Professor Jen Harvie – Queen Mary University of London – firstname.lastname@example.org
Jen Harvie is Professor of Contemporary Theatre and Performance at Queen Mary University of London. She has co-edited two previous issues of Contemporary Theatre Review on Globalisation (2006, with Dan Rebellato) and the cultural politics of the London 2012 Paralympic and Olympic Games (with Keren Zaiontz, 2013). She is co-editor of Palgrave Macmillan’s series Theatre & (with Rebellato), The Only Way Home Is Through the Show: Performance Work of Lois Weaver (with Weaver) and Making Contemporary Theatre: International Rehearsal Processes (with Andy Lavender), and author of The Routledge Companion to Theatre and Performance (with Paul Allain), Fair Play – Art, Performance and Neoliberalism, Theatre & the City, and Staging the UK.
My name is Mary McGill and I am Communications Officer with Sibéal, the network for postgraduate and early career researchers in feminism and gender in Ireland and Northern Ireland. I would be very grateful if you could share the call for papers below.
If you have any questions, please do not hesitate to contact me.
With thanks and best wishes,
A Message from Sibéal Feminist and Gender Studies Network:
CALL FOR PAPERS – (IN)VISIBLE LINES
Sibéal Journal, Vol 2
Following on from the success of our 2015 conference we are looking for submissions for our next journal. Papers are invited to engage with the theme of the conference, (In)visible Lines. We are also accepting feminist or gender studies book reviews. The books must have been published since November 2015.
The journal will focus on how the feminist movement has been categorised as a series of different waves, first, second and third, with some contemporary critics suggesting we are now on the precipice of a fourth wave. Each of these stages had their own aims and means of achieving those aims: underlying all was a quest for equality, for some or for all.
Increasingly this neat categorization of the feminist movement has been questioned and challenged, especially with the internet age offering a greater platform of communication for female-identified individuals and feminists alike.
Visible and invisible barriers remain, whilst new forms of inequality and oppression emerge or are simply acknowledged. Different identities intersect and cannot be easily separated, further complicating feminist struggles. Despite these challenges, now is an exciting time for feminist and gender studies. New mediums present new opportunities, old battles take new forms. Masculinities and femininities are no longer defined as rigid categories they once were, gender identities are challenged and the waves of feminism have begun to blur.
Please send extended abstracts of 500 words to email@example.com by April 25, 2016. If accepted completed articles of 5,000 – 6,000 must be sent by June 24, 2016.
Thanks for sharing this, I have scheduled it to be posted later on in the week.
I would like to bring the following to your attention. We have recently opened the call for papers for a special issue of the online, peer-reviewed journal Assuming Gender on the theme of ‘Consuming Gender’ (see below). We would be grateful if you would share this with members of the FWSA and other people you think might be interested.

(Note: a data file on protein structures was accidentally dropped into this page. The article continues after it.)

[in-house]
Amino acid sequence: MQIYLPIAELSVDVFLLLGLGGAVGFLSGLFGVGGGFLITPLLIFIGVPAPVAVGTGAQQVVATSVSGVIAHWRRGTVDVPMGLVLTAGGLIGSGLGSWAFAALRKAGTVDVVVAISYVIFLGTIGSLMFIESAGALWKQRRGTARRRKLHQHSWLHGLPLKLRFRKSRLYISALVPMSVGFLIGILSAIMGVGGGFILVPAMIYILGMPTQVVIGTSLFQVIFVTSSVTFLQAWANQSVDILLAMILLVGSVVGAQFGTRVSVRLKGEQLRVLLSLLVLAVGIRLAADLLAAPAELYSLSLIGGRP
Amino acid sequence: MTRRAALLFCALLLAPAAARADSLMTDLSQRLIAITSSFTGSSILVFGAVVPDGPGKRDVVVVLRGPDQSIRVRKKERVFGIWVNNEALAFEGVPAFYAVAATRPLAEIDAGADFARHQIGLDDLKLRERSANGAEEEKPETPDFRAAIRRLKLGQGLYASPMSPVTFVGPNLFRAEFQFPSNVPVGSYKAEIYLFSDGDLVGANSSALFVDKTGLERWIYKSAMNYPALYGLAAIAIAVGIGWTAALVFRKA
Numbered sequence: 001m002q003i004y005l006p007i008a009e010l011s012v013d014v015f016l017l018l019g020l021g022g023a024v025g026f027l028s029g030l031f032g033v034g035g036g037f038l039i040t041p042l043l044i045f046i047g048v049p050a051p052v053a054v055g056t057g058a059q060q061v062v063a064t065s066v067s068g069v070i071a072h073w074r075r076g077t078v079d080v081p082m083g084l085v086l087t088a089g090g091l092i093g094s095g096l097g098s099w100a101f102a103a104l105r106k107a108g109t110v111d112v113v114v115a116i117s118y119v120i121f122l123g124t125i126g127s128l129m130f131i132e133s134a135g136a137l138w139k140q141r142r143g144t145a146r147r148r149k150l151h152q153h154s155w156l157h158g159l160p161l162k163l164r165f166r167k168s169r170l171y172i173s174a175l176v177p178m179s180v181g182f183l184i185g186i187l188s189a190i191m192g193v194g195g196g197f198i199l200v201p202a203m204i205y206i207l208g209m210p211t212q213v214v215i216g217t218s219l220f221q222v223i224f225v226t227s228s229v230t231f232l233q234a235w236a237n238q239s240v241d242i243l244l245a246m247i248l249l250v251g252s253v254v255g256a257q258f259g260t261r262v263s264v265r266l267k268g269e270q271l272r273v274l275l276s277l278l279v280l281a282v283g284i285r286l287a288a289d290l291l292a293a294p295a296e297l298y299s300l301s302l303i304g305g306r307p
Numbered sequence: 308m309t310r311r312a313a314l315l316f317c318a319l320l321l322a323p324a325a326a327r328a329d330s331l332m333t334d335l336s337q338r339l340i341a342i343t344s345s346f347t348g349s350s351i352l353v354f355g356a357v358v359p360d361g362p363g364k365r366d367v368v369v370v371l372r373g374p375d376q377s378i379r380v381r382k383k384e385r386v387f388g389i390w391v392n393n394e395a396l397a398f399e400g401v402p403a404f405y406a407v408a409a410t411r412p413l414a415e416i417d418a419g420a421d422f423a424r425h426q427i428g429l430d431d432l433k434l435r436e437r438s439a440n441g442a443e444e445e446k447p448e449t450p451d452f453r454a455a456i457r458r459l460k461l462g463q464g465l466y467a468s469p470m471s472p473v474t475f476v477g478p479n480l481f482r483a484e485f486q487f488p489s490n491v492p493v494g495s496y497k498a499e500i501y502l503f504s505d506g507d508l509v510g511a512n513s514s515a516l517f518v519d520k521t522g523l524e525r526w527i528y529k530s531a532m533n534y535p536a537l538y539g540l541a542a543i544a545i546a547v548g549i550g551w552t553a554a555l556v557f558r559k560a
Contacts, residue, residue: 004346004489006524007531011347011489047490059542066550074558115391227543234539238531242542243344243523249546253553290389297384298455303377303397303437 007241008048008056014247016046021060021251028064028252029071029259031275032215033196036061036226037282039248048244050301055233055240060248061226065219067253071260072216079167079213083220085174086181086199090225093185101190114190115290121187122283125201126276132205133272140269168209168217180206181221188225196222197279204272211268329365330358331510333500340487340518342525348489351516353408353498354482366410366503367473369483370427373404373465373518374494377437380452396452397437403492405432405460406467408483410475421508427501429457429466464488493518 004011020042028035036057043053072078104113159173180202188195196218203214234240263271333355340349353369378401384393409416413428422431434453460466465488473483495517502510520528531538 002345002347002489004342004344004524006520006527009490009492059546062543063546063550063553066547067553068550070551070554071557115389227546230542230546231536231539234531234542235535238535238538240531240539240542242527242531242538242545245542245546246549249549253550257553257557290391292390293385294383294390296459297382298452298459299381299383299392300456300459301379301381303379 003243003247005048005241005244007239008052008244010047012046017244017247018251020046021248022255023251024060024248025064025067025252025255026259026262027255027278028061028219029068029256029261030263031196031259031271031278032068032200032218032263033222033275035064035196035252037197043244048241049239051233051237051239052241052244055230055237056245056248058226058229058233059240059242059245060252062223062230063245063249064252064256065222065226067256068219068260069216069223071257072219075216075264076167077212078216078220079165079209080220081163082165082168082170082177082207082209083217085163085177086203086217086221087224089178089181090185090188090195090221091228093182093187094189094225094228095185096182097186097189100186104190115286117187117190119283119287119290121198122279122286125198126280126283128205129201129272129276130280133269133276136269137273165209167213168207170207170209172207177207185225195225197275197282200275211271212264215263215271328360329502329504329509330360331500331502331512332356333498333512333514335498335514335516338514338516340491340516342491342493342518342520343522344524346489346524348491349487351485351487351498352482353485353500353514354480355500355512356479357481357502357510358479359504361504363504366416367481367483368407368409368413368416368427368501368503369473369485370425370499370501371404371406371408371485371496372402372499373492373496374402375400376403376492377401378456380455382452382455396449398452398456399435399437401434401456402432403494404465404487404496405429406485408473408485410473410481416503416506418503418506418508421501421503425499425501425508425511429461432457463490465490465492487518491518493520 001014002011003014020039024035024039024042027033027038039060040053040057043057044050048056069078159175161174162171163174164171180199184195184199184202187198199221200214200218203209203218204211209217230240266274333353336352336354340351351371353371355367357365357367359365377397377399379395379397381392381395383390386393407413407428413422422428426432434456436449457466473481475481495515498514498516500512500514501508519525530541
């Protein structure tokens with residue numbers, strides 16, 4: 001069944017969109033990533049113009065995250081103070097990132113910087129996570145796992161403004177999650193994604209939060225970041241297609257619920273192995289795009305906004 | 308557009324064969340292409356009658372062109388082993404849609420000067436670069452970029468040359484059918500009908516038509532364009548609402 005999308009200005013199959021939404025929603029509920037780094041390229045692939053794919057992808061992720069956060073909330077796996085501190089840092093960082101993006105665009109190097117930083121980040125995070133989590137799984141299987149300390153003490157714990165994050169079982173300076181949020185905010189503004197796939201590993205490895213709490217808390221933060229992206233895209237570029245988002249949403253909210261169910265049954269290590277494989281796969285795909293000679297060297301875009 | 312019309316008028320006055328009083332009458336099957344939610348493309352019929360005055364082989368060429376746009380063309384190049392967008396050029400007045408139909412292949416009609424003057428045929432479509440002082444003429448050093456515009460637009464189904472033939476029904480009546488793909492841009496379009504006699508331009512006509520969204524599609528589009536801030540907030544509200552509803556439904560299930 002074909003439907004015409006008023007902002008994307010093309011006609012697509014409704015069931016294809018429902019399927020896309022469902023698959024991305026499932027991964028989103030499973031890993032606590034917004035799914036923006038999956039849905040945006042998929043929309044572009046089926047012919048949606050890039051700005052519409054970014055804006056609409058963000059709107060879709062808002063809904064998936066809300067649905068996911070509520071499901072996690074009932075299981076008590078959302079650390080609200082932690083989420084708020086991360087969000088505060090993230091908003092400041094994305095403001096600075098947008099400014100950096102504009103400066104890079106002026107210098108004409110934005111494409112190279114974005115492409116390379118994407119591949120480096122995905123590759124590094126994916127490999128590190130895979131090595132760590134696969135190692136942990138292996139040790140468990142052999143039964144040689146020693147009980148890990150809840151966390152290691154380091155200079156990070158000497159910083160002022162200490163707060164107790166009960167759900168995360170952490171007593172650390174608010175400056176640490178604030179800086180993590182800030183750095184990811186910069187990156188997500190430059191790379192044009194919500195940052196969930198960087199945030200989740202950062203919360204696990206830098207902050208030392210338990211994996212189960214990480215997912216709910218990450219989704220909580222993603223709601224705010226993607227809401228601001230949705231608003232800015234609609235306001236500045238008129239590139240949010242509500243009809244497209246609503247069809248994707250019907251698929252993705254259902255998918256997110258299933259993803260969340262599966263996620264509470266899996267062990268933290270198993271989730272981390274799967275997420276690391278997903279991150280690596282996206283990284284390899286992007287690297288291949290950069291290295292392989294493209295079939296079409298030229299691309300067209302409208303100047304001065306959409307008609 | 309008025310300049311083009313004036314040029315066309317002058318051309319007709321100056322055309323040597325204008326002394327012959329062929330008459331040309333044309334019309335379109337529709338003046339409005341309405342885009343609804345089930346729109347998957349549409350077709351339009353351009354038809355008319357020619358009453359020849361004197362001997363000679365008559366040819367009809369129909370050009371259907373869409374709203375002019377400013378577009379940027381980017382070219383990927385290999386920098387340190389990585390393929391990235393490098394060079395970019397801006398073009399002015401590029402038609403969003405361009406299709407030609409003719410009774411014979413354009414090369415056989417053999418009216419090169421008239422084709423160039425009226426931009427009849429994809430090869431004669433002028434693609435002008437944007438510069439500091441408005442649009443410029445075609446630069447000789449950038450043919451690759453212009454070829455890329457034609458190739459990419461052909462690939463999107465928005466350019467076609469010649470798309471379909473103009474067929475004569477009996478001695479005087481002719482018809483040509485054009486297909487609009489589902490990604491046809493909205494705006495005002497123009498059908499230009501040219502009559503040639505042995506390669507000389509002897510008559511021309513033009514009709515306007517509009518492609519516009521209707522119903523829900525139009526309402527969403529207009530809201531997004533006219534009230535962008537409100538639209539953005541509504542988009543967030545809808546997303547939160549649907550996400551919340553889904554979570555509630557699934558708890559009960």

Thank you and best wishes on behalf of the editors,
Dany van Dam
Call for Papers: ‘Consuming Gender’
This special issue of Assuming Gender – an online, peer-reviewed academic journal from Cardiff University – seeks to explore the way gender is both presented and consumed through popular media and advertising. As Ann Herrmann points out in the article ‘Shopping for Identities’, commodities ‘are characterised by their dual nature: material composition and symbolic meaning’ (Herrmann 2002: 539). Consumer culture plays a significant role in constructing valid (and normative) identity categories with which consumers are encouraged to identify.
Scholars as diverse as Americus Reed, Laura C. Nelson, and Henry Jenkins have theorised the ways in which identity and consumer culture are intertwined. Reed, for example, claims in ‘Activating the Self-Importance of Consumer Selves’ that ‘[s]ocial identities are mental representations that can become a basic part of how consumers view themselves’ (Reed 2004: 286). In a later article on ‘Identity-Based Consumer Behaviour’, Reed and others use the example of athletics to illustrate their point: ‘if consumers view themselves as “athletes”, they are likely to behave in ways that are consistent with what it means to “be” an athlete’ (Reed, Forehand, Puntoni and Warlop 2002: 310). Consumption thus becomes defined by identity, and identity becomes defined by consumption.
While the construction of identities based on athleticism seems relatively benign, the case quickly becomes more complicated when consumer identities are racially, economically, or sexually coded. In addition to delineating the borders between various interest groups, consumer culture plays a significant role in establishing and maintaining binary identity distinctions (male/female, gay/straight, black/white), undermining the validity of those identifying across or in-between one or more categories, or who refuse categorisation at all. Those identities not classified as valid consumer groups are not seen as valid identities at all.